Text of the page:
Progestin-only contraceptive such as IUD’s (Mirena), contraceptive injection (Depo-provera) and contraceptive implants can reduce (and in some cases prohibit) menstrual bleeding, and reduce the build up endometrial tissue, therefore relieving signs and symptoms.
  • Danazol
    This drug suppresses the growth of the endometrium by blocking the production of ovarian-stimulating hormones, therefore ceasing menstruation and endometriosis-related symptoms. However, danazol can cause serious side effects and potential problems with an unborn baby if a woman becomes pregnant whilst using this.
  • Conservative surgery
    Surgery via laparoscopy (which is also used for diagnosis) or traditional abdominal surgery, can
    help to remove a lot of the endometrial tissue, whilst preserving the ovaries and uterus, which
    can be helpful for women who are planning to conceive. Surgery can help to reduce pain greatly,
    however, pain and endometriosis may return.
  • Hysterectomy
    In severe cases of endometriosis, occasionally a hysterectomy is performed (to remove the ovaries and cervix) as well as both ovaries. A hysterectomy is usually a last resort, as this irreversible surgery makes it impossible for a woman to become pregnant afterwards.

 

The problem with pain relief medications such as NSAIDs and opioids

A 2017 article from Harvard University stated that the United States Food and Drug Authority (FDA) has increased its warning regarding NSAIDs. The main risks include:

  • Heart attack and stroke risk increase even with short-term use, and the risk may begin within a few weeks of starting to take an NSAID.
  • The risk increases with higher doses of NSAIDs taken for longer periods of time.
  • The risk is greatest for people who already have heart disease, though even people without heart disease may be at risk.
  • Previous studies have suggested that naproxen may be safer than other types of NSAIDs, but more recent evidence reviewed by the expert panel does not confirm this.

More information on: NSAIDs and opioid medications.

 

How does Chinese Medicine view endometriosis?

In Chinese Medicine, endometriosis is usually referred to as a ‘blood stagnation’ pattern. The endometrial tissue outside the uterus is therefore regarded as stagnant blood that pools and forms a blockage preventing the blood from circulating through the tissues as it is meant to. With endometriosis Chinese medicine has a specific emphasis on regulating the menstrual cycle and promoting regular blood flow to reduce pain both during menstruation and throughout the cycle. It also  aims to reduce the build up of endometrial tissue, decreasing inflammation and restore normal function to the reproductive system.

 

What does the research say on Chinese medicine and endometriosis?

A systematic review (4) of acupuncture for treating primary dysmenorrhoea (painful periods) showed that acupuncture may be effective in treating pain This has useful implications for endometriosis, as pain is a primary symptom experienced by sufferers.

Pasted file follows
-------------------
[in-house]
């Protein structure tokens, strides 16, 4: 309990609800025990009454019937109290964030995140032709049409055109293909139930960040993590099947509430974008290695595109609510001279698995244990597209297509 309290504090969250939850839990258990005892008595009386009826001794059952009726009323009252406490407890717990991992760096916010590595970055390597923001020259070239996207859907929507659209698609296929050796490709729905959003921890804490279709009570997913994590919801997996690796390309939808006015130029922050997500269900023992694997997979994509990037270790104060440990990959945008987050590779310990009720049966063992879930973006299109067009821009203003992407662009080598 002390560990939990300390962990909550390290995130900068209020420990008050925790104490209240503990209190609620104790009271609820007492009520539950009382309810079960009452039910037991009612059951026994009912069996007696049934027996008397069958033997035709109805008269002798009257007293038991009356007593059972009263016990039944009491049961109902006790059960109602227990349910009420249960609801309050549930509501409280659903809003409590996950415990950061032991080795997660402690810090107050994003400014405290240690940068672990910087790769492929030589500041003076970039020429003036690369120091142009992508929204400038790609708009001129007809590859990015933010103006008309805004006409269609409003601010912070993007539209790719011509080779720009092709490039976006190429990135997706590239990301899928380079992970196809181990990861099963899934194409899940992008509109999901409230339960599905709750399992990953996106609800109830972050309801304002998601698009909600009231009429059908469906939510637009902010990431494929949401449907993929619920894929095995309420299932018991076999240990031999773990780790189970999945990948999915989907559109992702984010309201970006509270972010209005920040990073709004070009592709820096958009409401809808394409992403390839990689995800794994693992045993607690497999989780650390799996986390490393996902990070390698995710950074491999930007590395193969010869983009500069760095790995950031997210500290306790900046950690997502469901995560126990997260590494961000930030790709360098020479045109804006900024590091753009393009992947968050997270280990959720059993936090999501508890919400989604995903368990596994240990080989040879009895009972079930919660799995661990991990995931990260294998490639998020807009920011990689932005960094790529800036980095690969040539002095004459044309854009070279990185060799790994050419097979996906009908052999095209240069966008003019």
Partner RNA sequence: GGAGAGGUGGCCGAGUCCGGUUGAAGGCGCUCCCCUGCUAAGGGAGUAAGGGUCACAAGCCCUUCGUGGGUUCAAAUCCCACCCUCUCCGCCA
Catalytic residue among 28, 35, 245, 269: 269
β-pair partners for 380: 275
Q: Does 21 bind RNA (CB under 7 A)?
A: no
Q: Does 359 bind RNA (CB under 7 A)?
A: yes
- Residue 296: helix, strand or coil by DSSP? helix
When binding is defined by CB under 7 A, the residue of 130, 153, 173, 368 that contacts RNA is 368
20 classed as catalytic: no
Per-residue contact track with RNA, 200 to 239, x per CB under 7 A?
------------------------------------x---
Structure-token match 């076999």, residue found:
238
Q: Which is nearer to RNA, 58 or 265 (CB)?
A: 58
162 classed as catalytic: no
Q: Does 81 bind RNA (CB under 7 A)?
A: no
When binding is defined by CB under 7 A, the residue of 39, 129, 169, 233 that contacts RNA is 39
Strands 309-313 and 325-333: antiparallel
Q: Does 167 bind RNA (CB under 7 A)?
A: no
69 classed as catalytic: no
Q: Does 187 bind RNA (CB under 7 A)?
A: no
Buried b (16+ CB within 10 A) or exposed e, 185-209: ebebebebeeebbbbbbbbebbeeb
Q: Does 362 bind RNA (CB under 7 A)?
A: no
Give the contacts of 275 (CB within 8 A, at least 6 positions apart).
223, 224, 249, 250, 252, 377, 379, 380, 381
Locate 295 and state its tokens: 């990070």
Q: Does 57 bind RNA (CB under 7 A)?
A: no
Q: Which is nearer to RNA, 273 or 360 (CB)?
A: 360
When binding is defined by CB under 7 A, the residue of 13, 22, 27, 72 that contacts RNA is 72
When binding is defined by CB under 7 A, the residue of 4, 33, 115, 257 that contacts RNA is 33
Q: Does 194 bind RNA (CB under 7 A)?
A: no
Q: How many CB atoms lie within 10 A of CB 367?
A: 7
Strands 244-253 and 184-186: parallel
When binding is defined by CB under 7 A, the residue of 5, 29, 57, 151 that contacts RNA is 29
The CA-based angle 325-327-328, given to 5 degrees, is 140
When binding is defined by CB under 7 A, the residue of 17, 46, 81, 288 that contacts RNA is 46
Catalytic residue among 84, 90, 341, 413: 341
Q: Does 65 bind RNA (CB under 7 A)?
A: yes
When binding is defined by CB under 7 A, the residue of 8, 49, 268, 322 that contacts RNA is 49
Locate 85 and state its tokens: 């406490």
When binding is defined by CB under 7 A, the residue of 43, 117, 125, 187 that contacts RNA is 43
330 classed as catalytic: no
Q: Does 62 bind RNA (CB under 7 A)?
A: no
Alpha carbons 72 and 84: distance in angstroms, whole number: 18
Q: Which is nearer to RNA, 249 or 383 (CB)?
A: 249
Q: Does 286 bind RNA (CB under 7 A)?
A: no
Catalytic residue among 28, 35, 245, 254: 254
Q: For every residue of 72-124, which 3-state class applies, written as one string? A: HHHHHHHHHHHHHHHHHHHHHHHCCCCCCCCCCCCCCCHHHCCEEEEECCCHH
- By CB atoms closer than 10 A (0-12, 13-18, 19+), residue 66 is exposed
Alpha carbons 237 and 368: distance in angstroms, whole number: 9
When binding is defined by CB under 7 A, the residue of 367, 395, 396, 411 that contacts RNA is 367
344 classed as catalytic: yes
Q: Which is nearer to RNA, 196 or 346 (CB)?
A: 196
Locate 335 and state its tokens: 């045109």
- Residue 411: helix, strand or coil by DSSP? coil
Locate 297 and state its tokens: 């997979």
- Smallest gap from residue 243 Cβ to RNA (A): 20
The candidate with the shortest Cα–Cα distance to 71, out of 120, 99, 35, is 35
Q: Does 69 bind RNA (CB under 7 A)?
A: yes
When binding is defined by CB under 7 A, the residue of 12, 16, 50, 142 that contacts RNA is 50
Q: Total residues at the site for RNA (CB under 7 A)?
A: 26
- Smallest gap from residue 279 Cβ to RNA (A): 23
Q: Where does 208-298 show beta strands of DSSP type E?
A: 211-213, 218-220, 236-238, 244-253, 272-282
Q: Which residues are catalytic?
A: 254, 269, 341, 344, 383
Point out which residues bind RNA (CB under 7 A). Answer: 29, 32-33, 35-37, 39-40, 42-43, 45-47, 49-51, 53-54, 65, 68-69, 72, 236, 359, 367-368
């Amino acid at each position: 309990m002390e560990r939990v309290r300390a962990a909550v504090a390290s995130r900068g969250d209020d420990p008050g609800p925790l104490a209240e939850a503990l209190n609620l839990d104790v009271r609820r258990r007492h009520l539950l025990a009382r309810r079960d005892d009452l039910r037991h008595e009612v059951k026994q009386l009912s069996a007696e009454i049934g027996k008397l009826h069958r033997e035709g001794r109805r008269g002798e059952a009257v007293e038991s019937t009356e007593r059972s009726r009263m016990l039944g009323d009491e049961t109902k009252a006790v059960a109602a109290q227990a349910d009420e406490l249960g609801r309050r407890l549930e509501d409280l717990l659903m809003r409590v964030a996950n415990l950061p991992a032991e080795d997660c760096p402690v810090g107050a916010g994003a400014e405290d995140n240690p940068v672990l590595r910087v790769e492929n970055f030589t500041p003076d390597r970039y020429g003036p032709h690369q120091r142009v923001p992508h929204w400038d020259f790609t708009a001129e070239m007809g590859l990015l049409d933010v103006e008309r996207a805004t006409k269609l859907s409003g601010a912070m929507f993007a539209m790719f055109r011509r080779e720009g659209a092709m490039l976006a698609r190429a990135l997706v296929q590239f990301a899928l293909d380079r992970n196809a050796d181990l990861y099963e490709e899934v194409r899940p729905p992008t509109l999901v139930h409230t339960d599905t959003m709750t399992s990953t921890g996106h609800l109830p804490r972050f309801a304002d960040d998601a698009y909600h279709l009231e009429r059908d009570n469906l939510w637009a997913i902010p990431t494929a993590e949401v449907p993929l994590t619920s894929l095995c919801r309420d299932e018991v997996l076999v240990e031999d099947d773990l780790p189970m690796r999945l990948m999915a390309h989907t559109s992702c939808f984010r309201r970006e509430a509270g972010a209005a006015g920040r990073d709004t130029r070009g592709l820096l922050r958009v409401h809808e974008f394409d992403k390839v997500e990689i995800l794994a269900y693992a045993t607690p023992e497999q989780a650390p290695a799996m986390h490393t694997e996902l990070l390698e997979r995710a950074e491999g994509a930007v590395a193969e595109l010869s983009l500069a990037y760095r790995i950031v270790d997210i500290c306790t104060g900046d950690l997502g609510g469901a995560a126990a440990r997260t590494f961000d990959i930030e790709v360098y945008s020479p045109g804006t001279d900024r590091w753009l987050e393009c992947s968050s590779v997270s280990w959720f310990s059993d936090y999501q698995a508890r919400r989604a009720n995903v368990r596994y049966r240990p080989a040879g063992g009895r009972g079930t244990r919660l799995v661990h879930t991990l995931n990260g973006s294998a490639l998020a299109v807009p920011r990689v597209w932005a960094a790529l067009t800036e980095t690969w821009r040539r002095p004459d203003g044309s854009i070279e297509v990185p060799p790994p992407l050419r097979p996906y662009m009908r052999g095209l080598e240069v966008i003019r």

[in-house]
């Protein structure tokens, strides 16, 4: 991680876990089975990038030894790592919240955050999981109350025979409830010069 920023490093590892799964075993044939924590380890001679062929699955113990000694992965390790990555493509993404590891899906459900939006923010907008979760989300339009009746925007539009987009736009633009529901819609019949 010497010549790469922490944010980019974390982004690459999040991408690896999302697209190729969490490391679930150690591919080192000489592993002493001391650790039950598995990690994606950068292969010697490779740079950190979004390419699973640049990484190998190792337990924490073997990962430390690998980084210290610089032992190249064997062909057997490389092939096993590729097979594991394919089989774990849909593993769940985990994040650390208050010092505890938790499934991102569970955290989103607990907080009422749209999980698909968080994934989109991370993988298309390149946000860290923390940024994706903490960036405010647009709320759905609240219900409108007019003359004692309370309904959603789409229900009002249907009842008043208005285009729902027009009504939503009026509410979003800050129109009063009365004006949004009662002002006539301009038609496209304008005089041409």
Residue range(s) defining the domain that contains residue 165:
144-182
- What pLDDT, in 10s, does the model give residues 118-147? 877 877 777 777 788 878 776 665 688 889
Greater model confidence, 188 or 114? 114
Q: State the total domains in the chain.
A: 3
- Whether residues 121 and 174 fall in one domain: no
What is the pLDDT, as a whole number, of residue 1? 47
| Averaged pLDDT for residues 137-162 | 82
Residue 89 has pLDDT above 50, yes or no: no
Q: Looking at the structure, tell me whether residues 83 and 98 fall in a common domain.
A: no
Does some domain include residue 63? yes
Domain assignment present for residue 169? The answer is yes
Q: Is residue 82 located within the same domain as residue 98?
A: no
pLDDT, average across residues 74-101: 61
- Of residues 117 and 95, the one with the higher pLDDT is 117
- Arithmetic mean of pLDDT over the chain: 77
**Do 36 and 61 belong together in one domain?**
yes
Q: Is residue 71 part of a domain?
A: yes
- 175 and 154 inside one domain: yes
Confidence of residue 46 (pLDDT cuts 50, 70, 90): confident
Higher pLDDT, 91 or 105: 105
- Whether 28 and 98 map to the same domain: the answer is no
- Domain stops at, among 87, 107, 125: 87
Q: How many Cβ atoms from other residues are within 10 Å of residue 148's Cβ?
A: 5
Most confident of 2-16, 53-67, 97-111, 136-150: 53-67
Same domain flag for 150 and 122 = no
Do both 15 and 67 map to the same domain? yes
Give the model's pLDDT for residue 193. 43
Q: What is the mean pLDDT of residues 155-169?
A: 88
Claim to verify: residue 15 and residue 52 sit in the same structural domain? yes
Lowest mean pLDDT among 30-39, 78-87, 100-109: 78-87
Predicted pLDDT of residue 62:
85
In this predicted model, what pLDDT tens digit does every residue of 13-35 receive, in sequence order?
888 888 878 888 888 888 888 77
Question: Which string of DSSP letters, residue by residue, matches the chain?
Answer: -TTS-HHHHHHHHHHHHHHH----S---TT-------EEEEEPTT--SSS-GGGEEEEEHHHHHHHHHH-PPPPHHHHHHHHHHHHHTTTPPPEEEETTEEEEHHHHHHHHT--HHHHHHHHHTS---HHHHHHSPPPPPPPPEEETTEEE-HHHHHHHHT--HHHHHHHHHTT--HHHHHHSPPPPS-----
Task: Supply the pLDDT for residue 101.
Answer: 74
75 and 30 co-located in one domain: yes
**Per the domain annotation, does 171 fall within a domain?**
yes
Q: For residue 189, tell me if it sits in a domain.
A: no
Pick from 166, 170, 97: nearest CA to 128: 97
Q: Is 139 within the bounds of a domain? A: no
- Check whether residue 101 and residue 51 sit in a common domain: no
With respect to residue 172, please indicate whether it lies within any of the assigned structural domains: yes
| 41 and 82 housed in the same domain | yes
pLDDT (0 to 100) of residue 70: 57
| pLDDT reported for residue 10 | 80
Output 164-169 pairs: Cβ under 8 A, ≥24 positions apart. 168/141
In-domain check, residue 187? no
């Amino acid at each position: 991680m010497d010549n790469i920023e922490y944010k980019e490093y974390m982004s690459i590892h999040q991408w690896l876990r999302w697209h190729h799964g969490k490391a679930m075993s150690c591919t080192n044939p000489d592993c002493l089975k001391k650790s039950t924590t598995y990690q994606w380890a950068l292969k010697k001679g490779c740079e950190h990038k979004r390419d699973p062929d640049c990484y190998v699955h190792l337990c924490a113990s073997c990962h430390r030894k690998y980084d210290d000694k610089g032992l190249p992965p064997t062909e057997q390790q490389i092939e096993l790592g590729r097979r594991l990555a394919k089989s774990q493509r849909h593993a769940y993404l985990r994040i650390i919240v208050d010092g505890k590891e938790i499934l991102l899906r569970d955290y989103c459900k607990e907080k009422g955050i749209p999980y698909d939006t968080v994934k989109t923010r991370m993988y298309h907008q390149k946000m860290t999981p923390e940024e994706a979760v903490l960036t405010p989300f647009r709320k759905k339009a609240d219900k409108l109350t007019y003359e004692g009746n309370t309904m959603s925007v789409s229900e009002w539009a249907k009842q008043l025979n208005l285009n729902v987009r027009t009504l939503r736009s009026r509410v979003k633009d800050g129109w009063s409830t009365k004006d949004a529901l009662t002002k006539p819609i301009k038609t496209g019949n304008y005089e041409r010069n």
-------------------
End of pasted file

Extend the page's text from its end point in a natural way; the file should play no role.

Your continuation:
How does Chinese Medicine work with endometriosis?

In Chinese Medicine we look at each patient differently and tailor a plan for the individual. Each patient with endometriosis may present with a range of different symptoms, and may have different factors that are contributing to these symptoms. We use the pulse and tongue as diagnosis tools, and consider all of the individual’s signs and symptoms. That is we treat all factors that may contribute to the symptoms and underlying condition.We may incorporate acupuncture, Chinese herbal medicine and supplementation to reduce inflammation, relieve pain, regulate the menstrual cycle and work toward achieving balance in the body.

At Evolve we work with the patient to create a treatment plan which may include:

  • Acupuncture to assist with pain and circulation
  • Chinese herbal medicine to improve blood flow and reduce pain
  • Diet advice, aiming to reduce inflammatory foods and increase beneficial foods.
  • Stress management to help manage additional stressors in the patient’s life and work together to find solutions to relieving stress.

To find out about how we at Evolve Natural Medicine can help you to feel better and better book now or contact us.

 

 

Reference

  1. Lyttleton, J. & Clavey, S. (2004). Treatment of Infertility with Chinese Medicine. UK: Elsevier.
  2. Endometriosis Australia. Available at: https://www.endometriosisaustralia.org
  3. Curfman, G. (2015). ‘FDA strengthens warning that NSAIDs increase heart attack and stroke risk’. Harvard Health Publishing. Available at: https://www.health.harvard.edu/blog/fda-strengthens-warning-that-nsaids-increase-heart-attack-and-stroke-risk-201507138138
  4. Smith, C., Armour, M., Zhu, X., Li X., Lu Z. & Song, J. (2016). ‘Acupuncture for dysmenorrhoea.’ Cochrane Database Systematic Reviews, 4: CD007854.
  5. Xu, Y., Zhao, W., Li, T., Zhao, Y., BU, H. & Song, S. (2017). ‘Effects of acupuncture for the treatment of endometriosis-related pain: A systematic review and meta-analysis.’ PLoS One, 12(10). Available at: https://www.ncbi.nlm.nih.gov/pubmed/29077705
  6. “Endometriosis” 2018. Mayo Clinic. Available at: https://www.mayoclinic.org/diseases-conditions/endometriosis/diagnosis-treatment/drc-20354661
  7. Liu, J. & Bill, A. (2018). “Endometriosis”. Merck Manual. Available at: https://www.mayoclinic.org/diseases-conditions/endometriosis/diagnosis-treatment/drc-20354661